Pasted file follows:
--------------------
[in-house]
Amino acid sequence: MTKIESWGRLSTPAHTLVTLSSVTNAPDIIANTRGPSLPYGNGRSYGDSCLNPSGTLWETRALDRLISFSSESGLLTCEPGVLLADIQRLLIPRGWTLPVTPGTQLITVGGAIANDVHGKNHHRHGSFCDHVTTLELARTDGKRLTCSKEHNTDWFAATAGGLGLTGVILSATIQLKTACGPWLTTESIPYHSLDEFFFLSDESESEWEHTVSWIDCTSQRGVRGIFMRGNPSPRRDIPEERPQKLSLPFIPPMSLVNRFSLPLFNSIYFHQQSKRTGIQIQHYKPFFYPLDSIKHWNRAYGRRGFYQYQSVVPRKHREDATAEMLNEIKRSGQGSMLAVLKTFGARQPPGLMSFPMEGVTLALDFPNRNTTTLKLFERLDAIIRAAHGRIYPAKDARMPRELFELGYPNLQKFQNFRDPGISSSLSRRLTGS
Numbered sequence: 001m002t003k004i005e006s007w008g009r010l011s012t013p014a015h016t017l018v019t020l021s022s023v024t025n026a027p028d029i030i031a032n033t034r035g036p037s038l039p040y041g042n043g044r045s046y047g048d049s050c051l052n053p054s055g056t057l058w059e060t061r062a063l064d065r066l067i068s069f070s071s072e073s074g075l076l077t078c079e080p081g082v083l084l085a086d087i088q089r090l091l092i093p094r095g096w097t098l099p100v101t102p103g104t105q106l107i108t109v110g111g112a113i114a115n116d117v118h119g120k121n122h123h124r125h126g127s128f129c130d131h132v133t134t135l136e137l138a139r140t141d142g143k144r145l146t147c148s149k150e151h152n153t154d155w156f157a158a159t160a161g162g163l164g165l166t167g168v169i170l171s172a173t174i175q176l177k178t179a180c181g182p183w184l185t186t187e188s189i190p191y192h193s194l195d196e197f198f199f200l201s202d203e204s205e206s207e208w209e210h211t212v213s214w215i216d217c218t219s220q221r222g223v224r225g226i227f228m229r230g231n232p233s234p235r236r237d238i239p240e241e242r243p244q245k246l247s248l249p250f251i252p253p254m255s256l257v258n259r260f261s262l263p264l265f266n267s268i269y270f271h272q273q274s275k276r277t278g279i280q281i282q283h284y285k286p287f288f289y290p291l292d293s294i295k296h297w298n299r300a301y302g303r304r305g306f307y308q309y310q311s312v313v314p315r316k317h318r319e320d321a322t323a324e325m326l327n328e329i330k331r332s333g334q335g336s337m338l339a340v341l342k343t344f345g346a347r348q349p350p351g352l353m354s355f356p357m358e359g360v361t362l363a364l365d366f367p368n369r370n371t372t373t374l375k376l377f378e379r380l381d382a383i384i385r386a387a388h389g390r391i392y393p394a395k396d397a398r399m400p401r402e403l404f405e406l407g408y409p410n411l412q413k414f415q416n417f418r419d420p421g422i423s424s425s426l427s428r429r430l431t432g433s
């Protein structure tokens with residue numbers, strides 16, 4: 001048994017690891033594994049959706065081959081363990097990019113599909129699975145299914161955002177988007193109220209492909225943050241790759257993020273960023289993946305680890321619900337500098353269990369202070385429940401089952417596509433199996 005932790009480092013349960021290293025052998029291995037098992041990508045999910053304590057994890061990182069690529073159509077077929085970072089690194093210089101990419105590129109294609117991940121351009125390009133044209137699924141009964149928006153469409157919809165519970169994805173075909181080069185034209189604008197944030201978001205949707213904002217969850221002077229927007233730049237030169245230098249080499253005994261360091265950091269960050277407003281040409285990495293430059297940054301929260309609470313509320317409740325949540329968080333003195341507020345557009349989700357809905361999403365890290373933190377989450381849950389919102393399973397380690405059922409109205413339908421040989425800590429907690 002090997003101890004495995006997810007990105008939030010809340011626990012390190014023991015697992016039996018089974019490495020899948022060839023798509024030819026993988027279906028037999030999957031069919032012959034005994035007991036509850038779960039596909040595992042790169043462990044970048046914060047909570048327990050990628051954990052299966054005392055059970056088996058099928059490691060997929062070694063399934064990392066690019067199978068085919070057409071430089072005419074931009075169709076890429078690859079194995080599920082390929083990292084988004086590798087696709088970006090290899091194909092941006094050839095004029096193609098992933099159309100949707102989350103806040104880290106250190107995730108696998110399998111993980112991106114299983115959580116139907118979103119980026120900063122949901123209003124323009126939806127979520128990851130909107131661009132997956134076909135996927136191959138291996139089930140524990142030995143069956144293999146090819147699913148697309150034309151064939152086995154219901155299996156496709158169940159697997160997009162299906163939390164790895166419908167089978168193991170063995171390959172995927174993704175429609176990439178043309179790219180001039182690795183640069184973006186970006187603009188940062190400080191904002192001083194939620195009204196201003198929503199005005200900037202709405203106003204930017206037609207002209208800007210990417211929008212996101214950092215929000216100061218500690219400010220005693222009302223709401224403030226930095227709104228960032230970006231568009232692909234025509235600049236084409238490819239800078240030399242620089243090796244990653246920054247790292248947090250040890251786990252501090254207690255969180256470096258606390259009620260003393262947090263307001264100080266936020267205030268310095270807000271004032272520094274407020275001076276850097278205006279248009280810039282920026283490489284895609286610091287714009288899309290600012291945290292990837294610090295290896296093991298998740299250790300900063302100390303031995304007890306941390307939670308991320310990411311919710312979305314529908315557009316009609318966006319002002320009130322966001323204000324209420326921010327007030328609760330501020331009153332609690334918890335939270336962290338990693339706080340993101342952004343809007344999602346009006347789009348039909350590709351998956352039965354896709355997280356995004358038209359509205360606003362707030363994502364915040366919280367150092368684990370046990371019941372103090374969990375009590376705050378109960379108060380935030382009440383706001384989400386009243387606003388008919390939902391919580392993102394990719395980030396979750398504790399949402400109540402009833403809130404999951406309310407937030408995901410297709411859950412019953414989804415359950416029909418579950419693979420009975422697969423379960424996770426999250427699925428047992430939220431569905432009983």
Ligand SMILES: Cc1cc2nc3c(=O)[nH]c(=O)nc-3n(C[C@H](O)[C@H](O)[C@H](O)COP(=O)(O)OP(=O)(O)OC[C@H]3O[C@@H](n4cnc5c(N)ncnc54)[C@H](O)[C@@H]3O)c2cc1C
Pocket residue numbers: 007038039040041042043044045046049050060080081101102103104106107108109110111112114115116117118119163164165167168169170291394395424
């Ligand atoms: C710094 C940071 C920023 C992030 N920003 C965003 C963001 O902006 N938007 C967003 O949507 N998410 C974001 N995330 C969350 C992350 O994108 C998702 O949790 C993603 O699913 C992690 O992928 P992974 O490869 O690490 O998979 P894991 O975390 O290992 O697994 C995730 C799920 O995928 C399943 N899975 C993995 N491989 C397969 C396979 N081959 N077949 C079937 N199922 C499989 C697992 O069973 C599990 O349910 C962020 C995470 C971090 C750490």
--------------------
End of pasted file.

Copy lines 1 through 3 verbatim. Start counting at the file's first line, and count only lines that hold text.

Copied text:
[in-house]
Amino acid sequence: MTKIESWGRLSTPAHTLVTLSSVTNAPDIIANTRGPSLPYGNGRSYGDSCLNPSGTLWETRALDRLISFSSESGLLTCEPGVLLADIQRLLIPRGWTLPVTPGTQLITVGGAIANDVHGKNHHRHGSFCDHVTTLELARTDGKRLTCSKEHNTDWFAATAGGLGLTGVILSATIQLKTACGPWLTTESIPYHSLDEFFFLSDESESEWEHTVSWIDCTSQRGVRGIFMRGNPSPRRDIPEERPQKLSLPFIPPMSLVNRFSLPLFNSIYFHQQSKRTGIQIQHYKPFFYPLDSIKHWNRAYGRRGFYQYQSVVPRKHREDATAEMLNEIKRSGQGSMLAVLKTFGARQPPGLMSFPMEGVTLALDFPNRNTTTLKLFERLDAIIRAAHGRIYPAKDARMPRELFELGYPNLQKFQNFRDPGISSSLSRRLTGS
Numbered sequence: 001m002t003k004i005e006s007w008g009r010l011s012t013p014a015h016t017l018v019t020l021s022s023v024t025n026a027p028d029i030i031a032n033t034r035g036p037s038l039p040y041g042n043g044r045s046y047g048d049s050c051l052n053p054s055g056t057l058w059e060t061r062a063l064d065r066l067i068s069f070s071s072e073s074g075l076l077t078c079e080p081g082v083l084l085a086d087i088q089r090l091l092i093p094r095g096w097t098l099p100v101t102p103g104t105q106l107i108t109v110g111g112a113i114a115n116d117v118h119g120k121n122h123h124r125h126g127s128f129c130d131h132v133t134t135l136e137l138a139r140t141d142g143k144r145l146t147c148s149k150e151h152n153t154d155w156f157a158a159t160a161g162g163l164g165l166t167g168v169i170l171s172a173t174i175q176l177k178t179a180c181g182p183w184l185t186t187e188s189i190p191y192h193s194l195d196e197f198f199f200l201s202d203e204s205e206s207e208w209e210h211t212v213s214w215i216d217c218t219s220q221r222g223v224r225g226i227f228m229r230g231n232p233s234p235r236r237d238i239p240e241e242r243p244q245k246l247s248l249p250f251i252p253p254m255s256l257v258n259r260f261s262l263p264l265f266n267s268i269y270f271h272q273q274s275k276r277t278g279i280q281i282q283h284y285k286p287f288f289y290p291l292d293s294i295k296h297w298n299r300a301y302g303r304r305g306f307y308q309y310q311s312v313v314p315r316k317h318r319e320d321a322t323a324e325m326l327n328e329i330k331r332s333g334q335g336s337m338l339a340v341l342k343t344f345g346a347r348q349p350p351g352l353m354s355f356p357m358e359g360v361t362l363a364l365d366f367p368n369r370n371t372t373t374l375k376l377f378e379r380l381d382a383i384i385r386a387a388h389g390r391i392y393p394a395k396d397a398r399m400p401r402e403l404f405e406l407g408y409p410n411l412q413k414f415q416n417f418r419d420p421g422i423s424s425s426l427s428r429r430l431t432g433s